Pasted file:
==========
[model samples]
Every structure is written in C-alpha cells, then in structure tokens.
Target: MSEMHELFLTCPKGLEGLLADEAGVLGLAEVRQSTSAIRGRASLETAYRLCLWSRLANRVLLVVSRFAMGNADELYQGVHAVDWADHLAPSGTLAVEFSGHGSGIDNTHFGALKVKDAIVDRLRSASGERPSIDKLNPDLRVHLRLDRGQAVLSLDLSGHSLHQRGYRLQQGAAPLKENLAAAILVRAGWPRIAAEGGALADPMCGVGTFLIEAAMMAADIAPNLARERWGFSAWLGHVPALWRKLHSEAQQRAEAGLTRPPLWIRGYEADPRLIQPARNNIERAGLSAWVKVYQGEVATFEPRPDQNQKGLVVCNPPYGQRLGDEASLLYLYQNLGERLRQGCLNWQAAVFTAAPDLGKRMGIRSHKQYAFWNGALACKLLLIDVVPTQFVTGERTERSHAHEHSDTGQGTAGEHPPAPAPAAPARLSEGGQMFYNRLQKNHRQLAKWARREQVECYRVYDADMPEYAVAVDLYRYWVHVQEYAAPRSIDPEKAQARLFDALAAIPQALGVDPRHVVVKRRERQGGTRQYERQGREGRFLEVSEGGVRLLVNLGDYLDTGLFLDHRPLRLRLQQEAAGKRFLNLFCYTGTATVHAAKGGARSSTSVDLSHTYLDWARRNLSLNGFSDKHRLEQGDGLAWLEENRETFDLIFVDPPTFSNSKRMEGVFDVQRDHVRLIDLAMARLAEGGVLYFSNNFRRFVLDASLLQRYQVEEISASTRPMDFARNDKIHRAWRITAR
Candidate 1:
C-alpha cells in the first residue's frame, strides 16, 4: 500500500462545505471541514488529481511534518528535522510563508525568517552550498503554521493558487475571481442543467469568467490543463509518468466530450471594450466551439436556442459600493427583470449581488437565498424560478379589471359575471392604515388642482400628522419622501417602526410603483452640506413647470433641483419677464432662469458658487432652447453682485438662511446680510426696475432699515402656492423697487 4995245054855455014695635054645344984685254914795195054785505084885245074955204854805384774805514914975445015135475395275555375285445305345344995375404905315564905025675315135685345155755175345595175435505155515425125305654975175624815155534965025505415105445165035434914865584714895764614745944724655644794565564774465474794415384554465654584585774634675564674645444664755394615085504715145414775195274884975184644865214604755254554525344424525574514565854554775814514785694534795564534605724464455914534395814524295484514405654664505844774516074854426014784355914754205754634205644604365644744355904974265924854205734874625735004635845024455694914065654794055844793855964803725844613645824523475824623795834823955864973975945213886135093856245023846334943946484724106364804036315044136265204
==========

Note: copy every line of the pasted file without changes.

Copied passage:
[model samples]
Every structure is written in C-alpha cells, then in structure tokens.
Target: MSEMHELFLTCPKGLEGLLADEAGVLGLAEVRQSTSAIRGRASLETAYRLCLWSRLANRVLLVVSRFAMGNADELYQGVHAVDWADHLAPSGTLAVEFSGHGSGIDNTHFGALKVKDAIVDRLRSASGERPSIDKLNPDLRVHLRLDRGQAVLSLDLSGHSLHQRGYRLQQGAAPLKENLAAAILVRAGWPRIAAEGGALADPMCGVGTFLIEAAMMAADIAPNLARERWGFSAWLGHVPALWRKLHSEAQQRAEAGLTRPPLWIRGYEADPRLIQPARNNIERAGLSAWVKVYQGEVATFEPRPDQNQKGLVVCNPPYGQRLGDEASLLYLYQNLGERLRQGCLNWQAAVFTAAPDLGKRMGIRSHKQYAFWNGALACKLLLIDVVPTQFVTGERTERSHAHEHSDTGQGTAGEHPPAPAPAAPARLSEGGQMFYNRLQKNHRQLAKWARREQVECYRVYDADMPEYAVAVDLYRYWVHVQEYAAPRSIDPEKAQARLFDALAAIPQALGVDPRHVVVKRRERQGGTRQYERQGREGRFLEVSEGGVRLLVNLGDYLDTGLFLDHRPLRLRLQQEAAGKRFLNLFCYTGTATVHAAKGGARSSTSVDLSHTYLDWARRNLSLNGFSDKHRLEQGDGLAWLEENRETFDLIFVDPPTFSNSKRMEGVFDVQRDHVRLIDLAMARLAEGGVLYFSNNFRRFVLDASLLQRYQVEEISASTRPMDFARNDKIHRAWRITAR
Candidate 1:
C-alpha cells in the first residue's frame, strides 16, 4: 500500500462545505471541514488529481511534518528535522510563508525568517552550498503554521493558487475571481442543467469568467490543463509518468466530450471594450466551439436556442459600493427583470449581488437565498424560478379589471359575471392604515388642482400628522419622501417602526410603483452640506413647470433641483419677464432662469458658487432652447453682485438662511446680510426696475432699515402656492423697487 4995245054855455014695635054645344984685254914795195054785505084885245074955204854805384774805514914975445015135475395275555375285445305345344995375404905315564905025675315135685345155755175345595175435505155515425125305654975175624815155534965025505415105445165035434914865584714895764614745944724655644794565564774465474794415384554465654584585774634675564674645444664755394615085504715145414775195274884975184644865214604755254554525344424525574514565854554775814514785694534795564534605724464455914534395814524295484514405654664505844774516074854426014784355914754205754634205644604365644744355904974265924854205734874625735004635845024455694914065654794055844793855964803725844613645824523475824623795834823955864973975945213886135093856245023846334943946484724106364804036315044136265204